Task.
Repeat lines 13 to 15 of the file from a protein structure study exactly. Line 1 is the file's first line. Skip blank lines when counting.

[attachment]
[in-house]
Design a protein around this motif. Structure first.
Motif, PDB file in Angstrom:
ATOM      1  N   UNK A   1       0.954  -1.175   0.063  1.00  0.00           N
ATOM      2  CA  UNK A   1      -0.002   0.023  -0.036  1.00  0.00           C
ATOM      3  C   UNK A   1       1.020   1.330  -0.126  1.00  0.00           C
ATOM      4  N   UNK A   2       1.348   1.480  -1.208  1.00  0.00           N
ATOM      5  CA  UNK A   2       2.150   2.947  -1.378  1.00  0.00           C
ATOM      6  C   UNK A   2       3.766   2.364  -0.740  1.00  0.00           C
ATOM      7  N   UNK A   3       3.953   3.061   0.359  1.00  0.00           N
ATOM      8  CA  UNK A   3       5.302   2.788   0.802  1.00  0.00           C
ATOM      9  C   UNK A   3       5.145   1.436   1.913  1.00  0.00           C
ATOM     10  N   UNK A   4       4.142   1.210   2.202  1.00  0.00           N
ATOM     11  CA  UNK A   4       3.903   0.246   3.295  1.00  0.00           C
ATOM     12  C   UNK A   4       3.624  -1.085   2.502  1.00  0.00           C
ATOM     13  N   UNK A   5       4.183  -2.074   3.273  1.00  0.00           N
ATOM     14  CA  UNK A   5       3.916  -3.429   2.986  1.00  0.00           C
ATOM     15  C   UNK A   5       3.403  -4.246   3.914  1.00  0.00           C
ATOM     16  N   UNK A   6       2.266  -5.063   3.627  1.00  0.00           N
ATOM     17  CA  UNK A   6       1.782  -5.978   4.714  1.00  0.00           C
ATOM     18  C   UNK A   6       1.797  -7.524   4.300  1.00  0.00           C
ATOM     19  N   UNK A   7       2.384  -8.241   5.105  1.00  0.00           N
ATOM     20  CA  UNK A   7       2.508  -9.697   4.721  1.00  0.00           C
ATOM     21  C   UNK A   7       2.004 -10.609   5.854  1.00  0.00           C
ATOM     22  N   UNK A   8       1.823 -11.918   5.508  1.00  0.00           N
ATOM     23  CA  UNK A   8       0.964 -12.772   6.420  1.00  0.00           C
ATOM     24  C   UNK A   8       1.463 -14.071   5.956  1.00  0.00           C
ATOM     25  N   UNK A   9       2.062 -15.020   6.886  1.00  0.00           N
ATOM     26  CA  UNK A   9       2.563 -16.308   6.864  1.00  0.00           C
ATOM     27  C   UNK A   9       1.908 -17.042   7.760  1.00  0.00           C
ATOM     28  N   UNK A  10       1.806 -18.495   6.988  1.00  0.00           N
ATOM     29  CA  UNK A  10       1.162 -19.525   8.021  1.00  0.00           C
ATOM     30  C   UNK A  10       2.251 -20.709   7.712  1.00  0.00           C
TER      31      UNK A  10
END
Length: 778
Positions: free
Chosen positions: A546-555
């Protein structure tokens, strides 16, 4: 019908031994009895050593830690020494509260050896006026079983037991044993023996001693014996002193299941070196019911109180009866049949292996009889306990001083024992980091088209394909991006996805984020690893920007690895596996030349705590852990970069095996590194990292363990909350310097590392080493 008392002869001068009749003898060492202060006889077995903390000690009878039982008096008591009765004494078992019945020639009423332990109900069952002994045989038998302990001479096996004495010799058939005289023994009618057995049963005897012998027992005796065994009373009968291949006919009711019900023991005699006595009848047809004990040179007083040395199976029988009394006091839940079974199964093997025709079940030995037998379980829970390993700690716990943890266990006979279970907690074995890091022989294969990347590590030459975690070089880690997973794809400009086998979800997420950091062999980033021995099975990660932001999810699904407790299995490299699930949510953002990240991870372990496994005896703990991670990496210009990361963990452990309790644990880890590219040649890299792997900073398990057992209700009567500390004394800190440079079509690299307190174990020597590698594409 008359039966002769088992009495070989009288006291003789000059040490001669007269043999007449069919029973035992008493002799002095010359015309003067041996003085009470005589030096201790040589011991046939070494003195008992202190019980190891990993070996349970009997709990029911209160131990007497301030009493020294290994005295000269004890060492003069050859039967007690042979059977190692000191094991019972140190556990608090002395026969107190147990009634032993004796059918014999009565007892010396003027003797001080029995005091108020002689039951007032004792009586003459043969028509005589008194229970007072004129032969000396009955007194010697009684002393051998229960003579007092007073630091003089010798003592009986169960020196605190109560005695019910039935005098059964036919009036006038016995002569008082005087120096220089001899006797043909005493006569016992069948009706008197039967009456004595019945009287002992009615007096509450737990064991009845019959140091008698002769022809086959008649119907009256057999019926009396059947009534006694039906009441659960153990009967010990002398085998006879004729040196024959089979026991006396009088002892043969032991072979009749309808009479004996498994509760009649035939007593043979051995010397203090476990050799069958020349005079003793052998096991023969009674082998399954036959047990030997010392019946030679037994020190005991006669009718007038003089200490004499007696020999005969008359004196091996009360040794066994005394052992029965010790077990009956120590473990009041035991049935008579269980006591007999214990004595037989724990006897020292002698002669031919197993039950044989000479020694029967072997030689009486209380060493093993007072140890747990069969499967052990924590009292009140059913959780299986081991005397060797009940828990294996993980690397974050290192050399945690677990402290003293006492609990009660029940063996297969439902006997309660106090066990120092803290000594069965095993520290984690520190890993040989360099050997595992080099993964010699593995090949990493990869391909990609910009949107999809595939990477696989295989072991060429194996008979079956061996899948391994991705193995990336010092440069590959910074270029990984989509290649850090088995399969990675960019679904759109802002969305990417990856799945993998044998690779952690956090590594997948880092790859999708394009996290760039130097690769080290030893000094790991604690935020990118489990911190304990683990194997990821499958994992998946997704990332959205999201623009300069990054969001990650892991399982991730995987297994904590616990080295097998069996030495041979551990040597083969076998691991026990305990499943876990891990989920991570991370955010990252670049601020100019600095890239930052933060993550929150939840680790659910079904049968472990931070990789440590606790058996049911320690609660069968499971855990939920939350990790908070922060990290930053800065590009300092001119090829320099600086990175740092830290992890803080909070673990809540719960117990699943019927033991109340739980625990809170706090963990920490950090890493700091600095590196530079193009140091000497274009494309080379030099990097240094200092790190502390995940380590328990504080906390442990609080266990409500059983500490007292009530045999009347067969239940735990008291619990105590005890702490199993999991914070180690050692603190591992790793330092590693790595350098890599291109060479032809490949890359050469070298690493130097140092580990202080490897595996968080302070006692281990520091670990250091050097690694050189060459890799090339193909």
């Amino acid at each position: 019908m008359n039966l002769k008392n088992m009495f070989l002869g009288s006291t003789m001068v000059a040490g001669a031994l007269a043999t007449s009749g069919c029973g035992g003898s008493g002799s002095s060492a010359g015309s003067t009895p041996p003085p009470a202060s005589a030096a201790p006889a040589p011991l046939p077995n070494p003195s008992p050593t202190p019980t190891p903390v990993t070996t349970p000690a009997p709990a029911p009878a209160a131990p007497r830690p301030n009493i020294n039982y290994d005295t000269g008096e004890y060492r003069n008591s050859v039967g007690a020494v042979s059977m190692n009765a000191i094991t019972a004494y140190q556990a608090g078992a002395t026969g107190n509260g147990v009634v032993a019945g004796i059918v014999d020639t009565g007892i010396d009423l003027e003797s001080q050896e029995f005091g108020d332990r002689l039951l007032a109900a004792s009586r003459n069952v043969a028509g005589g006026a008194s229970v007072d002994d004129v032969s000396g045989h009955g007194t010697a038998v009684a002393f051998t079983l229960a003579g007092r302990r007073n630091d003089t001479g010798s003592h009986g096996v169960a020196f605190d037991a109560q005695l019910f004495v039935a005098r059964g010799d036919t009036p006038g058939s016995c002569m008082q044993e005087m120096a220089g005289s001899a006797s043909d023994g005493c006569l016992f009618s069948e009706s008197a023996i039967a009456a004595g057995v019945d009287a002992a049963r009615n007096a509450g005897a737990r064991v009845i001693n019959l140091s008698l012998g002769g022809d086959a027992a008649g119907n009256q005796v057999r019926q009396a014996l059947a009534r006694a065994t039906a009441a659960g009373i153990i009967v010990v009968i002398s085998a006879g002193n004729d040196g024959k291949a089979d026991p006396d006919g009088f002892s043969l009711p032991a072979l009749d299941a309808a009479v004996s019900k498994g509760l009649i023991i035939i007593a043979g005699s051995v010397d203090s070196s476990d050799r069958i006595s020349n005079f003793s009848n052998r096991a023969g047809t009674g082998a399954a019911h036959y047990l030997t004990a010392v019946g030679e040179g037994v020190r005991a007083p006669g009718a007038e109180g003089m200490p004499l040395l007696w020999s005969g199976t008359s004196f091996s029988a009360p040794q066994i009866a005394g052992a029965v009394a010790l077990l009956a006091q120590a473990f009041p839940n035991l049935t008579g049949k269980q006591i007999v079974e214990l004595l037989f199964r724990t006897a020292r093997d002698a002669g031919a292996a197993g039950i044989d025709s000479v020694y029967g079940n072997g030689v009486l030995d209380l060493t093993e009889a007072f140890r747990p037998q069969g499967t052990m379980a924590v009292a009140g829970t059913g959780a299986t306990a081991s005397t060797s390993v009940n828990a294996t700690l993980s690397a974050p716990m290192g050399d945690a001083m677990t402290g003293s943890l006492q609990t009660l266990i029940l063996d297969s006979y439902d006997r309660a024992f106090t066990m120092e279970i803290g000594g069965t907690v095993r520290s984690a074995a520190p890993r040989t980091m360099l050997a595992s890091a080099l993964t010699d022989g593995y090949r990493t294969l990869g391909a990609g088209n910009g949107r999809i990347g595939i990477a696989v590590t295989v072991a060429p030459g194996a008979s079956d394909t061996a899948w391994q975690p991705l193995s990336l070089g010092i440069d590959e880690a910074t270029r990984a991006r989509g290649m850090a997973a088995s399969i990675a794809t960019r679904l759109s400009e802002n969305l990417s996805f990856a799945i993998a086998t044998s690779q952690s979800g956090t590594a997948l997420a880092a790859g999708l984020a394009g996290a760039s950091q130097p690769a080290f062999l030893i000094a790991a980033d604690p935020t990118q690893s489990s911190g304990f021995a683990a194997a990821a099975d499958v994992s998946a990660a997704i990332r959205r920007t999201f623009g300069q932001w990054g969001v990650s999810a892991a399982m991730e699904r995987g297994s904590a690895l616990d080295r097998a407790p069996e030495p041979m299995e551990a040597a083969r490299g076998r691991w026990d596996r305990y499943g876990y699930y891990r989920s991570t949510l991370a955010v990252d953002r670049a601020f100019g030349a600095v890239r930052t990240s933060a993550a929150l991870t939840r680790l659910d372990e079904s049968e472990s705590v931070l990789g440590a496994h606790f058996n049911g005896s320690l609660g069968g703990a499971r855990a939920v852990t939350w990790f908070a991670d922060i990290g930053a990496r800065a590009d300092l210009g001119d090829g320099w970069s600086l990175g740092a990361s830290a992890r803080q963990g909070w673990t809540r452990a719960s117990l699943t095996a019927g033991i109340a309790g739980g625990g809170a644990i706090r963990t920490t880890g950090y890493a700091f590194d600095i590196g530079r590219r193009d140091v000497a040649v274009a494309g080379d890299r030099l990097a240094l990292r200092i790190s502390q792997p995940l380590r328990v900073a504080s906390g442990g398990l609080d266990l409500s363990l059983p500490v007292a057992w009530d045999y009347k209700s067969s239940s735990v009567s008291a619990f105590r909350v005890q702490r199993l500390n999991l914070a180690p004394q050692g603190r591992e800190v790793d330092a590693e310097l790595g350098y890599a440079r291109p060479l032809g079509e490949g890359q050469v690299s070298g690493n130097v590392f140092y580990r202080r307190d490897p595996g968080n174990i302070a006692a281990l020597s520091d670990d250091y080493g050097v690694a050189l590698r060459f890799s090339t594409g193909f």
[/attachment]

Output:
ATOM     10  N   UNK A   4       4.142   1.210   2.202  1.00  0.00           N
ATOM     11  CA  UNK A   4       3.903   0.246   3.295  1.00  0.00           C
ATOM     12  C   UNK A   4       3.624  -1.085   2.502  1.00  0.00           C